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Foredrag

Foredrag — At this DIKU Bits lecture Anupam Das will present a project that develops *logical* characterisations of monotone complexity classes.

Info

**Date & Time:**

**Place:**

Lille UP1, Universitetsparken 1, 2100 København Ø

**Hosted by:**

DIKU

**Cost:**

Free

Anupam Das, postdoc

Monotonicity is a fundamental notion in mathematics and computation. For usual real-valued functions R → R this simply corresponds to the notion that a function is increasing (or decreasing) in its argument, however this can be parametrised by any partially ordered domain and codomain we wish. In computation we deal with programs that compute Boolean functions, {0,1}* → {0,1}*. Restricting to increasing functions over this structure can be seen as prohibiting the use of negation in a program; for instance monotone Boolean functions are computed by Boolean circuits without NOT gates. The idea of restricting negation scales to other models of computation, and for some important classes of functions the formulation is naturally robust, not depending on the particular model at hand, e.g. for the polynomial-time functions. Monotone computational problems abound in practice, e.g. sorting a string and detecting cliques in graphs, and ‘nonuniform’ monotone models of computation, such as monotone circuits, have been fundamental objects of study in computational complexity for decades.

In this talk I will propose a project that develops *logical* characterisations of monotone complexity classes. Namely, the project will identify proof systems whose representable functions coincide with certain monotone classes, and also develop fundamental recursion-theoretic programming languages in which to extract the monotone functions themselves. In particular the project focusses on the role of structural rules in proof theory, i.e. the duplication and erasure of formulae, for controlling monotonicity.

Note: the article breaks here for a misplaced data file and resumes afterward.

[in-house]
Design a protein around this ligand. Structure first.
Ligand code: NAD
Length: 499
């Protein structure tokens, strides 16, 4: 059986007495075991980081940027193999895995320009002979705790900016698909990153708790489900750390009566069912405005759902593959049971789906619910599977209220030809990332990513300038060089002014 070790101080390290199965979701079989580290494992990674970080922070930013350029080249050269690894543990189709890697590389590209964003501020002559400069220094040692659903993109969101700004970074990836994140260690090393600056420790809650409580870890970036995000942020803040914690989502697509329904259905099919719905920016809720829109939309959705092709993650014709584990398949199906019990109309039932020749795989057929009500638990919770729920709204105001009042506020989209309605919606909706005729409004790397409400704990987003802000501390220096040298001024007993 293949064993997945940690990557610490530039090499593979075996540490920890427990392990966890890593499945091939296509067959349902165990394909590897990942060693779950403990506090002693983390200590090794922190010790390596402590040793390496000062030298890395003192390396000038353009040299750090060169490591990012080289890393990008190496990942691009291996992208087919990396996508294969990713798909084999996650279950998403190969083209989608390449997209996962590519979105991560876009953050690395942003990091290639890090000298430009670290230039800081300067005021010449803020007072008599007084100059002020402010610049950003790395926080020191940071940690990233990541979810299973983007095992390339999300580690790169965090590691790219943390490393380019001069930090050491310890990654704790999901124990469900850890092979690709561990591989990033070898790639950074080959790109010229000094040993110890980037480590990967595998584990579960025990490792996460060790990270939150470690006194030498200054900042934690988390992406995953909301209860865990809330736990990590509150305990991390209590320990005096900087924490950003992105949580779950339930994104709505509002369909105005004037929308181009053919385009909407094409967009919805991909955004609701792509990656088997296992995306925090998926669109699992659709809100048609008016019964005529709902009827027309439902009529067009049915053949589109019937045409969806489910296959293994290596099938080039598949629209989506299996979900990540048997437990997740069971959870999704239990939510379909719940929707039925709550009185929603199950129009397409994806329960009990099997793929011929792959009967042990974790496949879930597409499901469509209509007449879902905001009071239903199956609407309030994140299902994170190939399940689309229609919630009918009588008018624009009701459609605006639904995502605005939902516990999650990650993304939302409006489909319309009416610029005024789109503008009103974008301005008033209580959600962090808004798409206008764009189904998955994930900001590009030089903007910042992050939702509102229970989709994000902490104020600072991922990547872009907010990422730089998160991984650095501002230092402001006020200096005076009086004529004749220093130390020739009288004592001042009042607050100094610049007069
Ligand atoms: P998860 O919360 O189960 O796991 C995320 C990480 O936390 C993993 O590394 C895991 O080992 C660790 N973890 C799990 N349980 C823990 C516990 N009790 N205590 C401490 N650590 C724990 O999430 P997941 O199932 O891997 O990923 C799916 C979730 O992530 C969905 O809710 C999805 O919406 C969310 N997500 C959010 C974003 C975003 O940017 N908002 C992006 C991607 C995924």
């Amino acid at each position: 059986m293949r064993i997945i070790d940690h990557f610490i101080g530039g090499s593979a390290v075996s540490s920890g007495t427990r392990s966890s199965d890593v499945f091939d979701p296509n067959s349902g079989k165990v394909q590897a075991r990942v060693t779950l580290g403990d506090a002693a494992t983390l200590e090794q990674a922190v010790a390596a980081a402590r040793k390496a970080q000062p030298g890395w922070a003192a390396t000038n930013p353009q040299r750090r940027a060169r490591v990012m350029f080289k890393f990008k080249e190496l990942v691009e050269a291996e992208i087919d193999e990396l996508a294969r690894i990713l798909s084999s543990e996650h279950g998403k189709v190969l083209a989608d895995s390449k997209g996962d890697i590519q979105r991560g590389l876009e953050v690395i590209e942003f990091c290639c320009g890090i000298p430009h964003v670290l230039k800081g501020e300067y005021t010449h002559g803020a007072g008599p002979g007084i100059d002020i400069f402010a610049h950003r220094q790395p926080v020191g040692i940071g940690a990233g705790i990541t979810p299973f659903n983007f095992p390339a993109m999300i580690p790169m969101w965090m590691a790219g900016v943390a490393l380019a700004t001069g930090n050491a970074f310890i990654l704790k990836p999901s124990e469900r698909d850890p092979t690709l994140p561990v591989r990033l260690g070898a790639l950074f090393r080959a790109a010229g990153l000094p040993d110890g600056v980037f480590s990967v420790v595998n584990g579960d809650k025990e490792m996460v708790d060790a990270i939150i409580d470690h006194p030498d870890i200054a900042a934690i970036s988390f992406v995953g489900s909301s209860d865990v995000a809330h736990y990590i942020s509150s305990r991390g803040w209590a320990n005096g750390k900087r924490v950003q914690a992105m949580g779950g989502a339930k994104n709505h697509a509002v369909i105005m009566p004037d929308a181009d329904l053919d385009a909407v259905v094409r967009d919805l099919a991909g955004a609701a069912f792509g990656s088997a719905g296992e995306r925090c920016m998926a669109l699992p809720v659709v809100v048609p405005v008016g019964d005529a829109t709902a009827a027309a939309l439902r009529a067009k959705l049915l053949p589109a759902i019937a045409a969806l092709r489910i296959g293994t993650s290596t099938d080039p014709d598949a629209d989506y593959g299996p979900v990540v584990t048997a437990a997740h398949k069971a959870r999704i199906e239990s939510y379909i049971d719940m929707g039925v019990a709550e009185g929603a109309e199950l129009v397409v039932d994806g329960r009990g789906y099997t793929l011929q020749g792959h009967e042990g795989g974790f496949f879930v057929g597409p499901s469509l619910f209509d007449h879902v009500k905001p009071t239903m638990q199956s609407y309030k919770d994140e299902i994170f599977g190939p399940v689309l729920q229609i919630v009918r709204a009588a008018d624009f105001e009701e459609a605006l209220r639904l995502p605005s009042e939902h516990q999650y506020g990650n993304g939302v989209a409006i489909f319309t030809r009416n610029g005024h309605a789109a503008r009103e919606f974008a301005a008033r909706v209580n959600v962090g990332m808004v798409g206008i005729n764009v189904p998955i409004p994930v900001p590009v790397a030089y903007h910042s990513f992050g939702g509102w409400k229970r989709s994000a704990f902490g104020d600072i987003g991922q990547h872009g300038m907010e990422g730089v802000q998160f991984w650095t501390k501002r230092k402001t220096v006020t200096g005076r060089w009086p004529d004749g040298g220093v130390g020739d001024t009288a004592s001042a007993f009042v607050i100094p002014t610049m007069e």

This talk is based on an ongoing Marie Skłodowska-Curie project: http://www.anupamdas.com/wp/milc/

**Which courses do you teach?**

At the moment, none unfortunately – I just arrived as a new postdoc. Still I’m always looking for passionate undergraduates to take on as interns!

**Which technology/research/projects/startup are you excited to see the evolution of?**

I want researchers and academics not to react to the latest trend, looking only 10 years ahead at a time (I’m looking at you, big data and machine learning!). However, one ‘buzzword’ that I do think has the potential, in the long term, to change all aspects of our lives is quantum computation. While still many years away from a quantum revolution (they recently factorised 27!), if this takes off then we might look at the 21st century as a time of relatively primitive technology. What is amazing about the area at large is how it extends from deep theoretical advances all the way to engineering, and there is a big chunk of computer science in the middle.

**What is your favorite sketch from the DIKUrevy?**

I didn’t know about DIKUrevy! But I just had a look on the interwebs and liked the ‘how compilers are made’ sketch. Looks like I have some more procrastination material now…

In this lecture series you can get a closer look at the research conducted at DIKU, be motivated you to follow your interest in computer science and be inspired when choosing a subject for your bachelors project. The lectures are addressed to DIKU bachelor students – however, everyone is welcome.

Find more information about DIKU Bits in Danish / in English.